Does aid work? Ask Nepalese women.

June 18, 2009

     By Duncan Green     

Ok I’m getting tired of picking holes in the arguments of aid sceptics, so here’s something positive – a specific example of what aid can achieve in a country like Nepal, which is recovering from a decade of conflict with devastating consequences for the delivery of basic services. One third of its population lives below the poverty line and one woman dies every two hours during pregnancy and childbirth.

Together with other donors, the UK gives money directly to the Nepalese government for the health sector, allowing it to scale up and strengthen its public health system. In January 2008, aid helped the government of Nepal to abolish user fees in health care. Nepal has made impressive progress. In just 5 years the under five mortality rate was reduced by around a third and since 1996 the maternal mortality rate has fallen by 50%. Nepal is on target to meet the Millennium Development Goal on child mortality before 2015 if present trends can be sustained.

The Safe Motherhood Programme is an example of co-ordinated support for the government health system, with a specific focus on saving women’s lives. The UK has provided £20 million over five years to finance the programme, which trains doctors and nurses, improves health care facilities, provides equipment and encourages women to give birth in hospitals where qualified health workers can oversee their delivery and deal with any complications.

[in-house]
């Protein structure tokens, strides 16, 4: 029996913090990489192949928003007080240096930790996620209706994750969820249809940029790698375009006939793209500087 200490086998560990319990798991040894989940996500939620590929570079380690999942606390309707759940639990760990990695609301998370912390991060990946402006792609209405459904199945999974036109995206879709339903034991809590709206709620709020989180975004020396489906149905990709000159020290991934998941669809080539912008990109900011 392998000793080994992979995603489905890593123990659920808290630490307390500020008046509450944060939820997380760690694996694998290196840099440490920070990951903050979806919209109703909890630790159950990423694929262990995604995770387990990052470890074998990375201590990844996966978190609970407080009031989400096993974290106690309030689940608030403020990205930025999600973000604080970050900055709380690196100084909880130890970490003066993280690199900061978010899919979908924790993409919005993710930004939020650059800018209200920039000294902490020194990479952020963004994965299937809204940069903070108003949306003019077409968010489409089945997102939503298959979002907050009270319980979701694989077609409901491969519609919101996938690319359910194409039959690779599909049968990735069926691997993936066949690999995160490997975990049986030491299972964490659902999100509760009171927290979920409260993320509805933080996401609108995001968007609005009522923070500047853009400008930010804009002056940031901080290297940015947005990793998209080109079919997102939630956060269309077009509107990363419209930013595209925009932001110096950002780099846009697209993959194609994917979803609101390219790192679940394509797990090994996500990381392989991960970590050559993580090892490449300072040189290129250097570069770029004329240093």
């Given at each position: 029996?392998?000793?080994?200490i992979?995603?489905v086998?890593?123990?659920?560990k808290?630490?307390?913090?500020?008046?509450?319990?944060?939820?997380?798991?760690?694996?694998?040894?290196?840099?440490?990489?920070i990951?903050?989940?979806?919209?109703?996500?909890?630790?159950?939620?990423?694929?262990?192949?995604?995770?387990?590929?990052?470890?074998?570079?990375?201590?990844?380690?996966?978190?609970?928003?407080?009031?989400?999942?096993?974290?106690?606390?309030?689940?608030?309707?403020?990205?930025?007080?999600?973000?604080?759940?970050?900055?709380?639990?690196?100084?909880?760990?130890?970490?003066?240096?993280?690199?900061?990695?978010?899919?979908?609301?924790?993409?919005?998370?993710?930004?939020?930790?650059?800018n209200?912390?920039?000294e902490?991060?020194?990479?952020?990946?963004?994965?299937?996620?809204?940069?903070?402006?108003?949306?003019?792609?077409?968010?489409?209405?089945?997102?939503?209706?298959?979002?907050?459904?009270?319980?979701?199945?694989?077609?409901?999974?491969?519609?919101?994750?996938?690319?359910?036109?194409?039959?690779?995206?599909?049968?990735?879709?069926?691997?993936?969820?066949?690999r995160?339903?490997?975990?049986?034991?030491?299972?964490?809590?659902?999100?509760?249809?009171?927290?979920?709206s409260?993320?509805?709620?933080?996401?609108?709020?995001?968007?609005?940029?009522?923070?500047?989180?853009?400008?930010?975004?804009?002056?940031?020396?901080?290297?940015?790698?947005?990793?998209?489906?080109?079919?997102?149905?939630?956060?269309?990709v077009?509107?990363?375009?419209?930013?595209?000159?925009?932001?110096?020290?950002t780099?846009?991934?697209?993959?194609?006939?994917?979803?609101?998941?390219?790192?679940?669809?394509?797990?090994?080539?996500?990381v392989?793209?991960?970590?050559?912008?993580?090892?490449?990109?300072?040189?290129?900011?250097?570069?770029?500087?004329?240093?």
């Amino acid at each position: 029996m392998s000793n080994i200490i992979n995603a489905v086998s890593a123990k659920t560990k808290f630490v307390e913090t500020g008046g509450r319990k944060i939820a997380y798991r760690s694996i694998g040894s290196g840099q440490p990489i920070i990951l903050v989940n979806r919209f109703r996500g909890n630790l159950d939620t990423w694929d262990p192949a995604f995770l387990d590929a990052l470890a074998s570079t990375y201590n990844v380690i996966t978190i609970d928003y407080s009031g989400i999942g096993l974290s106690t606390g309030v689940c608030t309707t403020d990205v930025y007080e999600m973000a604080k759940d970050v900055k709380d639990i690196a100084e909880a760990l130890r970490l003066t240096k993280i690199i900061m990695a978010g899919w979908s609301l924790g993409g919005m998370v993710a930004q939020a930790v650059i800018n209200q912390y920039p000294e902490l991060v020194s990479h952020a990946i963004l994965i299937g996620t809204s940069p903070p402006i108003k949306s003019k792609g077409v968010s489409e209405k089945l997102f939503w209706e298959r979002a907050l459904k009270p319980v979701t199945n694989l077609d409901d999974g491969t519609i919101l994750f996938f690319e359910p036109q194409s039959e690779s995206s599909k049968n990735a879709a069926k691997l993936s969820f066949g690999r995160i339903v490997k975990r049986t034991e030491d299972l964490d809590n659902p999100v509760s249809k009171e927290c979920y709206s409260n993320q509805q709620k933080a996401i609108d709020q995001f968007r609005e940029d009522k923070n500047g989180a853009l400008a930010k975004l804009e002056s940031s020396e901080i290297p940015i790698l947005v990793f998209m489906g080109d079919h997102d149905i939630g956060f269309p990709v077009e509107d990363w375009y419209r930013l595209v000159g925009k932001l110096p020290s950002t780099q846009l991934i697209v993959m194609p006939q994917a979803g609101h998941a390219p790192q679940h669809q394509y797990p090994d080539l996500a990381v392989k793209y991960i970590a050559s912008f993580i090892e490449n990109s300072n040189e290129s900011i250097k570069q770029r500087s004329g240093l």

The Programme incorporates the innovative Maternity Incentives Scheme, which pays women to give birth in a hospital or health centre. Transport costs in Nepal are high, and there are very few good roads in the most mountainous provinces. In the past, these factors have prevented many women from travelling to a hospital or health centre to give birth. All across Nepal, women who give birth in a hospital or health centre now receive an average of 1,000 rupees (£7.50) after the birth of their first and second children. In most cases this is enough to cover transport costs and may even leave some money over to buy essential items for the new baby. Another aspect of the scheme is the payment to health workers of 300 rupees for each birth that they attend. This includes home deliveries, and is therefore an added incentive to make the sometimes arduous journey to rural areas to attend births.

What has been the impact?  As well as the impressive decrease in the maternal mortality rate, over the last decade the percentage of births attended by a doctor, midwife or nurse has increased by 10% and in the past year an extra 60,000 women were able to give birth in health facilities.

Don’t get me wrong, there’s still a long way to go, especially on maternal (rather than child) mortality. Nine out of ten mothers still deliver their babies at home without a doctor, midwife or nurse. It is estimated that health spending in Nepal (both public and private) is around a half ($14 per person) of that recommended for developing countries by the Commission on Macroeconomics and Health ($34 per person). The share of government health expenditure is less than $5 per person.

For more on this and other case studies of aid effectiveness, see here. For a powerpoint on the Nepal Safe Motherhood Programme see here.

June 18, 2009
Duncan Green